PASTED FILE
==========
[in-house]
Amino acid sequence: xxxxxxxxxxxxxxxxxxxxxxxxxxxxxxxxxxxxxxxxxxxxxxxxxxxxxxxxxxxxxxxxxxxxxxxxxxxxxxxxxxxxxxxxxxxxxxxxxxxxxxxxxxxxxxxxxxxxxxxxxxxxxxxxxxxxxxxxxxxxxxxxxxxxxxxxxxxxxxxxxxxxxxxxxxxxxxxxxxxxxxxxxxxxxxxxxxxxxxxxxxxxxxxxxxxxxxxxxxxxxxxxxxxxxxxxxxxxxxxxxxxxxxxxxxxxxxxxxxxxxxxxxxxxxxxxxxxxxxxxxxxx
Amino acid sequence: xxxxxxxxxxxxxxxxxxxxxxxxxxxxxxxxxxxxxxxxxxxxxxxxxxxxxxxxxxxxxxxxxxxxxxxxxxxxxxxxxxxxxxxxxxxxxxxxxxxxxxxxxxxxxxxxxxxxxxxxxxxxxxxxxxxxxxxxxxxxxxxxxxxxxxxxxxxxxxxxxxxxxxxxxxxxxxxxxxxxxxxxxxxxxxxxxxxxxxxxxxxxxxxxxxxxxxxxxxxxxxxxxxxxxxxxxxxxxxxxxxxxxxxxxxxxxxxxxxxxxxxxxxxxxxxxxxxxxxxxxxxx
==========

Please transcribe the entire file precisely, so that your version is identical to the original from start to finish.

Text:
[in-house]
Amino acid sequence: xxxxxxxxxxxxxxxxxxxxxxxxxxxxxxxxxxxxxxxxxxxxxxxxxxxxxxxxxxxxxxxxxxxxxxxxxxxxxxxxxxxxxxxxxxxxxxxxxxxxxxxxxxxxxxxxxxxxxxxxxxxxxxxxxxxxxxxxxxxxxxxxxxxxxxxxxxxxxxxxxxxxxxxxxxxxxxxxxxxxxxxxxxxxxxxxxxxxxxxxxxxxxxxxxxxxxxxxxxxxxxxxxxxxxxxxxxxxxxxxxxxxxxxxxxxxxxxxxxxxxxxxxxxxxxxxxxxxxxxxxxxx
Amino acid sequence: xxxxxxxxxxxxxxxxxxxxxxxxxxxxxxxxxxxxxxxxxxxxxxxxxxxxxxxxxxxxxxxxxxxxxxxxxxxxxxxxxxxxxxxxxxxxxxxxxxxxxxxxxxxxxxxxxxxxxxxxxxxxxxxxxxxxxxxxxxxxxxxxxxxxxxxxxxxxxxxxxxxxxxxxxxxxxxxxxxxxxxxxxxxxxxxxxxxxxxxxxxxxxxxxxxxxxxxxxxxxxxxxxxxxxxxxxxxxxxxxxxxxxxxxxxxxxxxxxxxxxxxxxxxxxxxxxxxxxxxxxxxx